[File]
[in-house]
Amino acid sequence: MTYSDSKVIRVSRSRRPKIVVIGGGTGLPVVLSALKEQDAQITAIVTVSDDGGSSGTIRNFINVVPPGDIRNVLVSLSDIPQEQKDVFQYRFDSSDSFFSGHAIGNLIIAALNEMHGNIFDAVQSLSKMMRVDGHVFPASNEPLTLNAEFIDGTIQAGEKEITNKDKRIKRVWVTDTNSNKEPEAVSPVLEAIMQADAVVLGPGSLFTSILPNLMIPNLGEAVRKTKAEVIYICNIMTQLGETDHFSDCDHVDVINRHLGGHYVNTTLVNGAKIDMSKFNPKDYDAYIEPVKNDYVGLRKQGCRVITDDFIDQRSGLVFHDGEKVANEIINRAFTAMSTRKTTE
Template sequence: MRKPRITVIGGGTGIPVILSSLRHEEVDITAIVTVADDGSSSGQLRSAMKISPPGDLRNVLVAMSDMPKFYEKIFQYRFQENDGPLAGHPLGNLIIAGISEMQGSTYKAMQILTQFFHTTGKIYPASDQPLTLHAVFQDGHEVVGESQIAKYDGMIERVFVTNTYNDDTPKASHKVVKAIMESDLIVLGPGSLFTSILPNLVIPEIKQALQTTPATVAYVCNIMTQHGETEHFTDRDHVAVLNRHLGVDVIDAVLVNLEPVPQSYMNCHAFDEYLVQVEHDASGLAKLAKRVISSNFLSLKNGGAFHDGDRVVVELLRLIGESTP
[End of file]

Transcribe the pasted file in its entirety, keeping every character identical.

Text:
[in-house]
Amino acid sequence: MTYSDSKVIRVSRSRRPKIVVIGGGTGLPVVLSALKEQDAQITAIVTVSDDGGSSGTIRNFINVVPPGDIRNVLVSLSDIPQEQKDVFQYRFDSSDSFFSGHAIGNLIIAALNEMHGNIFDAVQSLSKMMRVDGHVFPASNEPLTLNAEFIDGTIQAGEKEITNKDKRIKRVWVTDTNSNKEPEAVSPVLEAIMQADAVVLGPGSLFTSILPNLMIPNLGEAVRKTKAEVIYICNIMTQLGETDHFSDCDHVDVINRHLGGHYVNTTLVNGAKIDMSKFNPKDYDAYIEPVKNDYVGLRKQGCRVITDDFIDQRSGLVFHDGEKVANEIINRAFTAMSTRKTTE
Template sequence: MRKPRITVIGGGTGIPVILSSLRHEEVDITAIVTVADDGSSSGQLRSAMKISPPGDLRNVLVAMSDMPKFYEKIFQYRFQENDGPLAGHPLGNLIIAGISEMQGSTYKAMQILTQFFHTTGKIYPASDQPLTLHAVFQDGHEVVGESQIAKYDGMIERVFVTNTYNDDTPKASHKVVKAIMESDLIVLGPGSLFTSILPNLVIPEIKQALQTTPATVAYVCNIMTQHGETEHFTDRDHVAVLNRHLGVDVIDAVLVNLEPVPQSYMNCHAFDEYLVQVEHDASGLAKLAKRVISSNFLSLKNGGAFHDGDRVVVELLRLIGESTP